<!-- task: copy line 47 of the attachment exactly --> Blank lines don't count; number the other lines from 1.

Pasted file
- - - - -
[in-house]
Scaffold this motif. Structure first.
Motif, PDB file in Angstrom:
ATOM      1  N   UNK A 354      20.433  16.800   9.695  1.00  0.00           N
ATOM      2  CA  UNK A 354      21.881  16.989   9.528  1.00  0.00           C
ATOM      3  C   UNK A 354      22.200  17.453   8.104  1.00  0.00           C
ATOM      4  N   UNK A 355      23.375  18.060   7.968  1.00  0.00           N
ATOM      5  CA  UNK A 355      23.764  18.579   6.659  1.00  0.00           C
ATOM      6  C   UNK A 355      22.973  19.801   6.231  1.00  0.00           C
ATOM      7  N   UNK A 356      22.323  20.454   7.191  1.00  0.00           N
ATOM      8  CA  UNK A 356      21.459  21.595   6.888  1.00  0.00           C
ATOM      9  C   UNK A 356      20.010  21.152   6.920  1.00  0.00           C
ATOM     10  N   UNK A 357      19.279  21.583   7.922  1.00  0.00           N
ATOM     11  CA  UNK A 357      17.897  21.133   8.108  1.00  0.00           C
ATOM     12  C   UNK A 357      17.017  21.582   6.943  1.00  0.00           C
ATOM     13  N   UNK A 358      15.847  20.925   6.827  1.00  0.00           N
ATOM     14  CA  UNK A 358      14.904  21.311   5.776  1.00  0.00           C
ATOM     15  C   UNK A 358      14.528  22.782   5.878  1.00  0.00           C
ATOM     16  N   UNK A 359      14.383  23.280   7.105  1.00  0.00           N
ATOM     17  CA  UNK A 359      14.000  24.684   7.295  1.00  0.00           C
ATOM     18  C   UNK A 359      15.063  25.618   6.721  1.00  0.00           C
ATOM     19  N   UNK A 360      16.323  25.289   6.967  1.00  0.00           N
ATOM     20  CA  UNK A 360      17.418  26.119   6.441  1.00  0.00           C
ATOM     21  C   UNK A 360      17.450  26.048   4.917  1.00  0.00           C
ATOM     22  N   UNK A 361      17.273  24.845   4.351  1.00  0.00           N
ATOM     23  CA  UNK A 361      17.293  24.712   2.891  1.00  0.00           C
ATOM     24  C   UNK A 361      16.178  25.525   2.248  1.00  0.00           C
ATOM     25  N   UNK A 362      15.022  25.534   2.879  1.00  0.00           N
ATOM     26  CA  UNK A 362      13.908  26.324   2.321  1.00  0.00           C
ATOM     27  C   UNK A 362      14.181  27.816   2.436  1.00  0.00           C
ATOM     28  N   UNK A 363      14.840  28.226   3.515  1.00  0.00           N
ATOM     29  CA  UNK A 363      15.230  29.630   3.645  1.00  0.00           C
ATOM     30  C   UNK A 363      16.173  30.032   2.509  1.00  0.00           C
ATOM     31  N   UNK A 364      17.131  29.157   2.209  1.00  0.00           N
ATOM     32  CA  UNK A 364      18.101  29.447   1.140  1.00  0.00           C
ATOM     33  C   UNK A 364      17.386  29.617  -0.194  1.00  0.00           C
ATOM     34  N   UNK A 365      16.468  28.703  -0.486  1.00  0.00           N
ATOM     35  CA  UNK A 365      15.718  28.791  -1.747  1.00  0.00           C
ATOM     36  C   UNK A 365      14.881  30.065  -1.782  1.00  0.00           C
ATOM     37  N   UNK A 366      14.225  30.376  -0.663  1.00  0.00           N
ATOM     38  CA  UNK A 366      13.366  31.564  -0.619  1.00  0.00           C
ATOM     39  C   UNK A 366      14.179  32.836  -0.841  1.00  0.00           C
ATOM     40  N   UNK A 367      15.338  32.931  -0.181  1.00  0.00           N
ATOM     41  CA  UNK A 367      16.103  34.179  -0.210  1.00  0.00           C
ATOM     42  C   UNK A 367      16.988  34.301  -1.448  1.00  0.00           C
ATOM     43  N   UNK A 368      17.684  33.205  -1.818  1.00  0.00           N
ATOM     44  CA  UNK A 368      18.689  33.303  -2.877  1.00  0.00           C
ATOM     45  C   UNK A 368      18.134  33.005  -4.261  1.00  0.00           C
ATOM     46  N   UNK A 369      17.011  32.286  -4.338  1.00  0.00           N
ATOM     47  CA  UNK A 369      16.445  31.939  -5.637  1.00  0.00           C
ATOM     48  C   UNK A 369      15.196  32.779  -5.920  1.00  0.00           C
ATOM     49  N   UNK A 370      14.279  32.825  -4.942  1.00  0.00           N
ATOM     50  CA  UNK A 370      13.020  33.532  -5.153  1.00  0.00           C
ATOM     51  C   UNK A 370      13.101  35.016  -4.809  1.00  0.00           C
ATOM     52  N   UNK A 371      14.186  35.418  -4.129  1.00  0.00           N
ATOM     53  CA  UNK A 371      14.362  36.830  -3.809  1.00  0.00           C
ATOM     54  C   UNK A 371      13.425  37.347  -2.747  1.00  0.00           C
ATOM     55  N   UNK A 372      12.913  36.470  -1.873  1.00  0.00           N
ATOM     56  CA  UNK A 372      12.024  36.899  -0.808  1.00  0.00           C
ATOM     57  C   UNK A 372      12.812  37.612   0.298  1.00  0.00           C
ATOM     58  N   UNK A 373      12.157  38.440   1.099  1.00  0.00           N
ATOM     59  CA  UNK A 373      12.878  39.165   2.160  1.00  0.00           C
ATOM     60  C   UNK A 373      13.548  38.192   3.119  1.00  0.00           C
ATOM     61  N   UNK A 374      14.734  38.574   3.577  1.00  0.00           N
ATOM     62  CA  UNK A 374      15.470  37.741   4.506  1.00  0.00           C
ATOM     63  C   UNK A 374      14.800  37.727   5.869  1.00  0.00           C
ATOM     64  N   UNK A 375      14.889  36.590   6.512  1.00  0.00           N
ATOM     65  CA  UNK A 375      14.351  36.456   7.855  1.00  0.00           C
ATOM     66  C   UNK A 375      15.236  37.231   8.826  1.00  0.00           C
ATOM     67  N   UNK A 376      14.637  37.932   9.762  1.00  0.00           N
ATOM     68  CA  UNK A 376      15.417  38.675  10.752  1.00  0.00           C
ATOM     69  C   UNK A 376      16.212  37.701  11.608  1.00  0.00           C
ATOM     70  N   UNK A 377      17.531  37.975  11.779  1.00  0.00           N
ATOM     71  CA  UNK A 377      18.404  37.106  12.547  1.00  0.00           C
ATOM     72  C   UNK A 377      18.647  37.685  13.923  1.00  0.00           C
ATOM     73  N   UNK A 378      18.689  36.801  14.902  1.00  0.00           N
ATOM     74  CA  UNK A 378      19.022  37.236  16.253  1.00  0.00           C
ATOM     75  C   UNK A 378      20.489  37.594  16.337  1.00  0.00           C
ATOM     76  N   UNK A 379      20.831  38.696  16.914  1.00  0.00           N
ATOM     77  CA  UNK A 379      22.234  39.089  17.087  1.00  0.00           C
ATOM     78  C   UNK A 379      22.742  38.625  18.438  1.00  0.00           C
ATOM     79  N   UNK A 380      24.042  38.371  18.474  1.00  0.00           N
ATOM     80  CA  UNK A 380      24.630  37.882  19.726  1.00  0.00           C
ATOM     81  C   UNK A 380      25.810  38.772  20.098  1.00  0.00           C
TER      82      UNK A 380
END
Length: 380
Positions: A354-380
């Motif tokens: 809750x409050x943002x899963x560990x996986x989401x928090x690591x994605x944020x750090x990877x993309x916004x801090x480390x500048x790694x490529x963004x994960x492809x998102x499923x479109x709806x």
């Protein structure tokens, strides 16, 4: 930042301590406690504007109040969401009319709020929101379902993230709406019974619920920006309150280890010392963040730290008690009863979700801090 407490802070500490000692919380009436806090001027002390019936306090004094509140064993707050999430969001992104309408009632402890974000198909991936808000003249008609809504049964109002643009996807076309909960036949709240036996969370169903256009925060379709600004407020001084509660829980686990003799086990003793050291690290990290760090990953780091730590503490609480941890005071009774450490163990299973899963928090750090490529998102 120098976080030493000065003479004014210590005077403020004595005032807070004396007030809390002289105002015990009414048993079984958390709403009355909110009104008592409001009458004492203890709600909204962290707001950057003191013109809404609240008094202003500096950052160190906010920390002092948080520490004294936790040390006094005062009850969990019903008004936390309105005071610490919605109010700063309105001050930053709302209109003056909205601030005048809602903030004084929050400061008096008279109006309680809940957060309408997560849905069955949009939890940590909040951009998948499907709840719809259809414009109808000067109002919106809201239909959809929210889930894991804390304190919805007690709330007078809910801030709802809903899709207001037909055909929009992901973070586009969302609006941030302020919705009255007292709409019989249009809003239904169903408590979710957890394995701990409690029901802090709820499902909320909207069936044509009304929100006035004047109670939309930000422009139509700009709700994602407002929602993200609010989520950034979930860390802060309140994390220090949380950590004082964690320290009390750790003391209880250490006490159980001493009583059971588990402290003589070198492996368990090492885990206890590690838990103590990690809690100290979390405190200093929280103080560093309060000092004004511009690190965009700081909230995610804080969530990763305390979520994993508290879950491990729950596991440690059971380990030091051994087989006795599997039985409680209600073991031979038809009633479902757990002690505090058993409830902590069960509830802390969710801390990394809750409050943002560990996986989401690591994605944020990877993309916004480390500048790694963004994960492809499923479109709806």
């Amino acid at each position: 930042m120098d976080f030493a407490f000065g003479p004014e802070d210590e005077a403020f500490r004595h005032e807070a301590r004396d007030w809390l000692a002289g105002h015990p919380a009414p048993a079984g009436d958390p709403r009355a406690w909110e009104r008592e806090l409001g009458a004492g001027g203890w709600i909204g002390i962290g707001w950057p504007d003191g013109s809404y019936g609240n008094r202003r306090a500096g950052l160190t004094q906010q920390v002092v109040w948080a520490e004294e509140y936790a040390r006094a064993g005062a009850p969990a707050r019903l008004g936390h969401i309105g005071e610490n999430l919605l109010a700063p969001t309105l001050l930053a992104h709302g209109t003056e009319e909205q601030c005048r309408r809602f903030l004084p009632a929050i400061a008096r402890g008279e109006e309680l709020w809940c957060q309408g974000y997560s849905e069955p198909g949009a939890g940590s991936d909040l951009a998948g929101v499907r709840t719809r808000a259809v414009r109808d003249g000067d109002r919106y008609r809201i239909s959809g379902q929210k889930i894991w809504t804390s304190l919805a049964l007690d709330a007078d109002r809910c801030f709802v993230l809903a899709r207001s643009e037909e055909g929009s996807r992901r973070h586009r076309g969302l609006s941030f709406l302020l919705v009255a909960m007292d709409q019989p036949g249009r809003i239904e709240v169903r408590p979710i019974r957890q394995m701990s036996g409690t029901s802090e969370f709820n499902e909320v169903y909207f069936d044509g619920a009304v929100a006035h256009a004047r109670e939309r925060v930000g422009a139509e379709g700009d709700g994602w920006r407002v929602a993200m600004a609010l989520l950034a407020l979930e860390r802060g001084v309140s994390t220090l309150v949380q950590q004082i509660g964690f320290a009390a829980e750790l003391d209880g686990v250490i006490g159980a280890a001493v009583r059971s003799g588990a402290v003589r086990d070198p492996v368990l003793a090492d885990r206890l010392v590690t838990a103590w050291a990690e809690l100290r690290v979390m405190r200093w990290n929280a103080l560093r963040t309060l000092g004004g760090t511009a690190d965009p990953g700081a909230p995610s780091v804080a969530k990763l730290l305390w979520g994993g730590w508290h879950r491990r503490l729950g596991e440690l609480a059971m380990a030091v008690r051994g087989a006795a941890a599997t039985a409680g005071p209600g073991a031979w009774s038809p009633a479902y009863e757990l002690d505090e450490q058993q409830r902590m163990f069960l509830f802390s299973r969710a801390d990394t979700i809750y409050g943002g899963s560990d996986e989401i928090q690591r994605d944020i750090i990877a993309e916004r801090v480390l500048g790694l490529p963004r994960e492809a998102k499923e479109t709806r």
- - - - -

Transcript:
ATOM     44  CA  UNK A 368      18.689  33.303  -2.877  1.00  0.00           C